Andy Murray has been knocked out of this year's Australian Open, losing today's quarter-final 3-6, 4-6, 7-6, 3-6 to Roger Federer.
There was much to admire from today's match. It was a gutsy performance from Murray, full of the heart and determination that has seen him win two slam titles and an Olympic Gold medal over the course of the last two seasons. Just when he was in real danger of going out in straight sets, he fought back, breaking Federer as he served for the match in the third set and then winning a tiebreak after saving two match points.
His will to compete was in full display in the fourth set. In his first service game, an epic 19 minute struggle of 26 points and 10 deuces, he saved 6 break points to hold onto his serve. And he saved a further break point at 2-3. But the battling effort came at a physical cost; he dropped his next service game and although he rallied to force 0-30 as Federer served the match out for a second time, this time the Swiss held firm.
At the beginning of the match Federer was frequently coming into the net with success, and was playing aggressively, attacking any short balls. Serving at 1-2, Federer's aggressive forehand down the line surprised Murray, who was only just able to get his racquet on it - a simple forehand volley into the open space gave the Swiss two break points. He converted after Murray's crosscourt forehand sailed long following a deep return. This break was crucial; although Murray competed valiantly, he was unable to create break point chances on the world number 6's serve and Federer served out the first set to love.
In the second set, Murray was broken after his inside-out forehand went wide, with the 17-time Grand Slam champion taking a 3-2 lead. Although the 26-year-old Brit had chances in Federer's next two service games, taking him to two deuces in the first and 30-30 in the next, he was still unable to create a break point opportunity. With Federer serving out the second set, Murray again got to 30-30, but lost a 27 shot rally - the longest of the match; the Swiss won the next point and took the set.
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The third set started with Murray in trouble and he saved three break points - the last with a wide serve followed by a backhand drive volley. Trusting his aggressive play, he closed out the game with a forehand winner. In his next service game he again faced a break point. But again he dug deep, hitting the ball aggressively, moving the Swiss around the court. He saved the break point and a perfectly-timed ace gave him a game point. Another good serve - unreturned by Federer - gave him the game.
At 4-4 it looked as if Murray's much to be admired resistance was over. At 15-15, the Swiss hit a winning lob - there were some doubts over whether the ball had bounced twice before he hit it. Murray went down 15-40 following a a crosscourt backhand which went long, and dropped serve as he netted his forehand down the line on the next point.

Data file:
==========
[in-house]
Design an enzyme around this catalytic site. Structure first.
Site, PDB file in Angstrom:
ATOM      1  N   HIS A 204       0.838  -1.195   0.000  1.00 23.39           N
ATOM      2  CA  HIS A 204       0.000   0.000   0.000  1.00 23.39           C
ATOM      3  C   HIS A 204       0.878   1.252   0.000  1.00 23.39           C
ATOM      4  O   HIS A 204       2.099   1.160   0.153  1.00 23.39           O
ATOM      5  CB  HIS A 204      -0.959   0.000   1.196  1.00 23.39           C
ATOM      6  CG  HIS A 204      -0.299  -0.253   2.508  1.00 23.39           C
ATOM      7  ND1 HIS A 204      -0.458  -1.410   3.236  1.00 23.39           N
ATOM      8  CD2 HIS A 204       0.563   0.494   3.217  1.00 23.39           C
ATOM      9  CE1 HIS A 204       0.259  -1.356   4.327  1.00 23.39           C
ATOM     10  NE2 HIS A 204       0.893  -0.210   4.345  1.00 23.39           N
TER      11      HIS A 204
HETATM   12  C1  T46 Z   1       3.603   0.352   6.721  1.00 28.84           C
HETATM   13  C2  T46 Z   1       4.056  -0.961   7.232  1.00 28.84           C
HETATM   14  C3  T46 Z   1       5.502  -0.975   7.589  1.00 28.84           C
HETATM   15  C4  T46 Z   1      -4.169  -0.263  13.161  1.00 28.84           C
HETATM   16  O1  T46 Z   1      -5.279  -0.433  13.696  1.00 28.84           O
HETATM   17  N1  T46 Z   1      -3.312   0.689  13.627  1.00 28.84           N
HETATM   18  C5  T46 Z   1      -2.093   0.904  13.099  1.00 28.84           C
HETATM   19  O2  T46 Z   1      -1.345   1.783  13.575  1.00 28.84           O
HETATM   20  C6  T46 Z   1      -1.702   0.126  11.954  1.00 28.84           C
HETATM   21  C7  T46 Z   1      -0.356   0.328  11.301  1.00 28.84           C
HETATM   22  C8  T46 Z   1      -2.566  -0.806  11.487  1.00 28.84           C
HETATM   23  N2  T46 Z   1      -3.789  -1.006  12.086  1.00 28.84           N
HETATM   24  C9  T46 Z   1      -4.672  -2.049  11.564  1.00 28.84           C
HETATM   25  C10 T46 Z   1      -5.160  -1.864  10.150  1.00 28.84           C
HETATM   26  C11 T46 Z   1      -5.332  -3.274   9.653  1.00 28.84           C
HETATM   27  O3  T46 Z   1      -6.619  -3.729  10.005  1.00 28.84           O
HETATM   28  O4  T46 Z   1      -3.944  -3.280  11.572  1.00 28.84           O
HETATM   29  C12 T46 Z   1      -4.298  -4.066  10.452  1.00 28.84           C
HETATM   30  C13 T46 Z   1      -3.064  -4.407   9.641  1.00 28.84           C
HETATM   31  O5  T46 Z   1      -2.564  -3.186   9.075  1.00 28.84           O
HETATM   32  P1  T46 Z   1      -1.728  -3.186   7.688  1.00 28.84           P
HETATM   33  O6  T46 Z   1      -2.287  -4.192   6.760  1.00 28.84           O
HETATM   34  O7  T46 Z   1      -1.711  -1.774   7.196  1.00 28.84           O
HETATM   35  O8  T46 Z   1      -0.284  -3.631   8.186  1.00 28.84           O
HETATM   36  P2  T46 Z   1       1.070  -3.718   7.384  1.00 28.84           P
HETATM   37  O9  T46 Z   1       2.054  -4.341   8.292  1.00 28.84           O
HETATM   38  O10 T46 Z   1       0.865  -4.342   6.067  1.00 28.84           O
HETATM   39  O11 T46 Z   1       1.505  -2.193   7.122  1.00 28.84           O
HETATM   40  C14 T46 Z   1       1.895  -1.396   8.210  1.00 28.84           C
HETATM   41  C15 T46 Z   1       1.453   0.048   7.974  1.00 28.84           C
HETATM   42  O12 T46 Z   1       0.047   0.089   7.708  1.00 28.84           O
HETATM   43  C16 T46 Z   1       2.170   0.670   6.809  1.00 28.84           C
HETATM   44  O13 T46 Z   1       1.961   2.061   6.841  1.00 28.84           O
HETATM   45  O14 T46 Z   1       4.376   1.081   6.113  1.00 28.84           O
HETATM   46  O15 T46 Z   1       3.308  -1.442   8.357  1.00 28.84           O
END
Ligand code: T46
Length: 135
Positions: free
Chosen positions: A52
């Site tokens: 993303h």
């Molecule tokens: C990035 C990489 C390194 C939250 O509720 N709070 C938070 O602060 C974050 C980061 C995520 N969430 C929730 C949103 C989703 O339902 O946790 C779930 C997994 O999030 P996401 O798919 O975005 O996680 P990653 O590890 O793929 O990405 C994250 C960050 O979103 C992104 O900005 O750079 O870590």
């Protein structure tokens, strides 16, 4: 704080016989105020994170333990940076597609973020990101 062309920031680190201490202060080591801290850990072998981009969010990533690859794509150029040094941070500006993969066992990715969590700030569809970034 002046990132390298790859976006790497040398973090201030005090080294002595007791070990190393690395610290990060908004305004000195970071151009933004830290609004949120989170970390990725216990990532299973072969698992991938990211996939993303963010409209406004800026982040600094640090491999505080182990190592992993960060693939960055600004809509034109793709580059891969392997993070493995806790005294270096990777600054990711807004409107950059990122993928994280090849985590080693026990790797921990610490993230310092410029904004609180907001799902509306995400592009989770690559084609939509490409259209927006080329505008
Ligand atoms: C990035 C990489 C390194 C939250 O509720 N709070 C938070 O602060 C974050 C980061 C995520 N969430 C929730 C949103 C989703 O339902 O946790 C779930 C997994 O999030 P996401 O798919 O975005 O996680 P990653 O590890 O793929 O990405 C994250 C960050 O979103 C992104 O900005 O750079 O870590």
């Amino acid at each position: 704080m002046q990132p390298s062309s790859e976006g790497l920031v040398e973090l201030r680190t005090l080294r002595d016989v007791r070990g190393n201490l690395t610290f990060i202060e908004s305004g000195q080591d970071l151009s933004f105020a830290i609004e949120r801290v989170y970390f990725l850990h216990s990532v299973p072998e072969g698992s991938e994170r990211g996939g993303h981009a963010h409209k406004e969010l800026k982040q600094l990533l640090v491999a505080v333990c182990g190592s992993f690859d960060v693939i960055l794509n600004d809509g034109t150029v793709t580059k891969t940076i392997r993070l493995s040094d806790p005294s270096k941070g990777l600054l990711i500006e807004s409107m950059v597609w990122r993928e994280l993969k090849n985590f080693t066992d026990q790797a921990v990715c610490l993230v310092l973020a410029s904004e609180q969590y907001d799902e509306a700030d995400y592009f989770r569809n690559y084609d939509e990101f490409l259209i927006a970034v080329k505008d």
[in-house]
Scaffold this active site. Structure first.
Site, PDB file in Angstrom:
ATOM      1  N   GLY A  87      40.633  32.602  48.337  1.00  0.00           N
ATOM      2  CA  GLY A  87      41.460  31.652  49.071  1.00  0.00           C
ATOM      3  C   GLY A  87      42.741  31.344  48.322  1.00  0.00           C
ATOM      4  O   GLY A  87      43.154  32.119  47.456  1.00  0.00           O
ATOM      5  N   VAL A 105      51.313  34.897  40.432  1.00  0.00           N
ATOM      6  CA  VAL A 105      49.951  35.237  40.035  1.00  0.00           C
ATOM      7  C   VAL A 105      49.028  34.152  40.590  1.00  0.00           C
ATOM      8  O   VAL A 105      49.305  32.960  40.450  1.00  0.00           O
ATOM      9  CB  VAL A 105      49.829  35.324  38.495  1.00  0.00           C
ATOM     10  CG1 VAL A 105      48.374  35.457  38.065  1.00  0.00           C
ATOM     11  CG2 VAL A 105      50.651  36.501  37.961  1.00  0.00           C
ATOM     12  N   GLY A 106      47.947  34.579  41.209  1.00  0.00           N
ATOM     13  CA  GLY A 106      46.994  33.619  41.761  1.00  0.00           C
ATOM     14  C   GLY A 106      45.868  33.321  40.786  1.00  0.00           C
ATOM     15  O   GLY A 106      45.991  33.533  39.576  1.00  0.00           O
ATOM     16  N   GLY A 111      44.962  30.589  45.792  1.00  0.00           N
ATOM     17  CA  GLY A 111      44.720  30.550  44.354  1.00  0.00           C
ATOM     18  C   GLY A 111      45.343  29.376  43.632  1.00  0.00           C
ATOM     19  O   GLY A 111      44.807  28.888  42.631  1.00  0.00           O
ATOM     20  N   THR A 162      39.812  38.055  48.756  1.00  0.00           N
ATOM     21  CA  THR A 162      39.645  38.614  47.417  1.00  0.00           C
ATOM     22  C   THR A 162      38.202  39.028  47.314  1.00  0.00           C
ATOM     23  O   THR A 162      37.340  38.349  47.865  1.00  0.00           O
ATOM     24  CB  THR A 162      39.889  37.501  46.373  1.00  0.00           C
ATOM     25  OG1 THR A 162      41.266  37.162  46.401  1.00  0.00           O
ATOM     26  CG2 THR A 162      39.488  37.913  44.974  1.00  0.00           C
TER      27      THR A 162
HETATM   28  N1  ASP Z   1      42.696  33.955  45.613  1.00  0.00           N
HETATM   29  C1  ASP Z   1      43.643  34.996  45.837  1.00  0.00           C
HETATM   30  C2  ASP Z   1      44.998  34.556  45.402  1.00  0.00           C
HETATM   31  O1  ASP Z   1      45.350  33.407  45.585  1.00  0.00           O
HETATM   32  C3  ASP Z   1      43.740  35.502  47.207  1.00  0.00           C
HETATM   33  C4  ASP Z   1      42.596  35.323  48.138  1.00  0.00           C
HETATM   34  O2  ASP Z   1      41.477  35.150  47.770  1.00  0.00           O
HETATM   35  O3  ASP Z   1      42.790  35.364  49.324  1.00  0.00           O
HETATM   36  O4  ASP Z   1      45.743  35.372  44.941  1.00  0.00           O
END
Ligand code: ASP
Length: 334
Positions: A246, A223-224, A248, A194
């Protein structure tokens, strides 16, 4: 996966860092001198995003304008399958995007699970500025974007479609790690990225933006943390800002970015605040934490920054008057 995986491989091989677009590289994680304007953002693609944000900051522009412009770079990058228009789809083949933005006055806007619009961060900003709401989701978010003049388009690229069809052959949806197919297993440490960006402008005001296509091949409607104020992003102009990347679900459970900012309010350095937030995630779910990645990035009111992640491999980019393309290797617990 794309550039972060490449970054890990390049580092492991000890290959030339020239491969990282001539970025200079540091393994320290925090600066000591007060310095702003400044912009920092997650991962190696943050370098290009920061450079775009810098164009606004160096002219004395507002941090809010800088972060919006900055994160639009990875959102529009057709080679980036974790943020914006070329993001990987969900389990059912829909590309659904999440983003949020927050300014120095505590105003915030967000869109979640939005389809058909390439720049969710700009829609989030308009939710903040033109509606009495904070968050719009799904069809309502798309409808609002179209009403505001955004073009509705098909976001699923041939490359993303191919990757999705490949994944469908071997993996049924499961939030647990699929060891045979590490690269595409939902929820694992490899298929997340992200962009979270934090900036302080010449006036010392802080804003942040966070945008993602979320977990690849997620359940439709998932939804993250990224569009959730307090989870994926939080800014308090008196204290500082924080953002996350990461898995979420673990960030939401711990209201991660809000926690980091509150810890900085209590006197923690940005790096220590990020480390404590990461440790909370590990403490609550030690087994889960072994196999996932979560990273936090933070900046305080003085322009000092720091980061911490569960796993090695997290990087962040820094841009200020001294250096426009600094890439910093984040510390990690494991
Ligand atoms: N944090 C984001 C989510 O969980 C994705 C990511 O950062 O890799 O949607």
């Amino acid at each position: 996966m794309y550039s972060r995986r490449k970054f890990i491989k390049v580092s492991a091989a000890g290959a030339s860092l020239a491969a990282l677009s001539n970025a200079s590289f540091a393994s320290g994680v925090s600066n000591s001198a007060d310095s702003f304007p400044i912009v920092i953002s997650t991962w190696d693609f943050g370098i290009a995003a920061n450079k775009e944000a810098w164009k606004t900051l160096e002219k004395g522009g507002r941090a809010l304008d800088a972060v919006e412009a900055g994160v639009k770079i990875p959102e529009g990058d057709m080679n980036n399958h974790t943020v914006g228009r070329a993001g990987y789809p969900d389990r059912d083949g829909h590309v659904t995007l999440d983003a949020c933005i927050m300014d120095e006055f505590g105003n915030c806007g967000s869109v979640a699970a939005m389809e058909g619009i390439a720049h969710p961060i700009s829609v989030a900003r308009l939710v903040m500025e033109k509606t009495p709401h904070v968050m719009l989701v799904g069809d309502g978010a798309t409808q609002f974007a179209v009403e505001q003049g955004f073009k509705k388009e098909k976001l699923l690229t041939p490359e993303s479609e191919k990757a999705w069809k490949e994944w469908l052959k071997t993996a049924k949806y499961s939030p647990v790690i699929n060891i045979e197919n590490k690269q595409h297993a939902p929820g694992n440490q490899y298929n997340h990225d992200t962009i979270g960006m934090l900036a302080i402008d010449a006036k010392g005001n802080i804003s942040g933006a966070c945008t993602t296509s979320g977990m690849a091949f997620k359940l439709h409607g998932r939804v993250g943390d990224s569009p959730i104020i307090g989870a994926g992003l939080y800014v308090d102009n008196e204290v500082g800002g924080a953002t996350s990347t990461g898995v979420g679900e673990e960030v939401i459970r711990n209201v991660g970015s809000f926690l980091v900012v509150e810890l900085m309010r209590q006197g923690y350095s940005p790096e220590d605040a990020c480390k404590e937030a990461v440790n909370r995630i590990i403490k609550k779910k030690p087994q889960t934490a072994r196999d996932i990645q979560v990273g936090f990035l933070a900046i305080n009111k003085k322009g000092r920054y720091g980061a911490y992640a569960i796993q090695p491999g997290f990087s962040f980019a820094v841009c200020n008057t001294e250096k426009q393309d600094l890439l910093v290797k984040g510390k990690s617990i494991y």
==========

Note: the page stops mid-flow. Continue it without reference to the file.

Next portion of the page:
But far from being over, there was to be another twist to the match.
Murray positively channelled his frustration, creating two break points as Federer served for the match. The Swiss saved the first with aggressive play, but could do nothing on the second - Murray hit a scorching backhand down the line which the 32 year old could only just get his racquet on, and the world number 4 broke to level the score at 5-5.
The world number 4 had previously lost seven out of eight tiebreaks played against Federer - but not today. Murray's champions' mentality once again came to the fore. Although he went down an early mini-break, he was hitting the ball with renewed energy, pounding groundstrokes into the corners. And his strategy paid off - facing two match points at 4-6, his hard-hitting groundstrokes forced the Swiss into error and he levelled the score. From two match points down to set point up, he took the set thanks to an aggressive forehand return which forced Federer's forehand long. It was an exhilarating comeback.
Had Murray made a forehand passing shot in the first game of the fourth set he would have had two break points - but Federer held. Then followed the dramatic 19-minute game. Murray rallied from 0-40 to deuce with a steely resolve that manifested itself in aggressive play. Six break points in total came and went for Federer, but the Brit clung on, holding eventually with a backhand passing shot winner. He saved another break point at 2-3 with a volley, but by now he seemed to be physically tiring and began to make more unforced errors. The Swiss broke through at 3-4, sealing the game with a drop shot winner. Although the world number 4 pegged Federer back to 0-30 as he served out the match, this time he was not to be denied and he served out his victory with an ace.
Murray may have lost today, but the effort he put into the match has won him a lot of deserved praise. Before the Australian Open began, he expressed doubts over how successful he would be at this tournament following his recent back surgery. Reaching the quarter-finals, and putting up such a battling display in today's match, is an excellent achievement that he should be proud of.
Murray will next be in action in next week's Davis Cup World Group tie, when Great Britain take on the USA.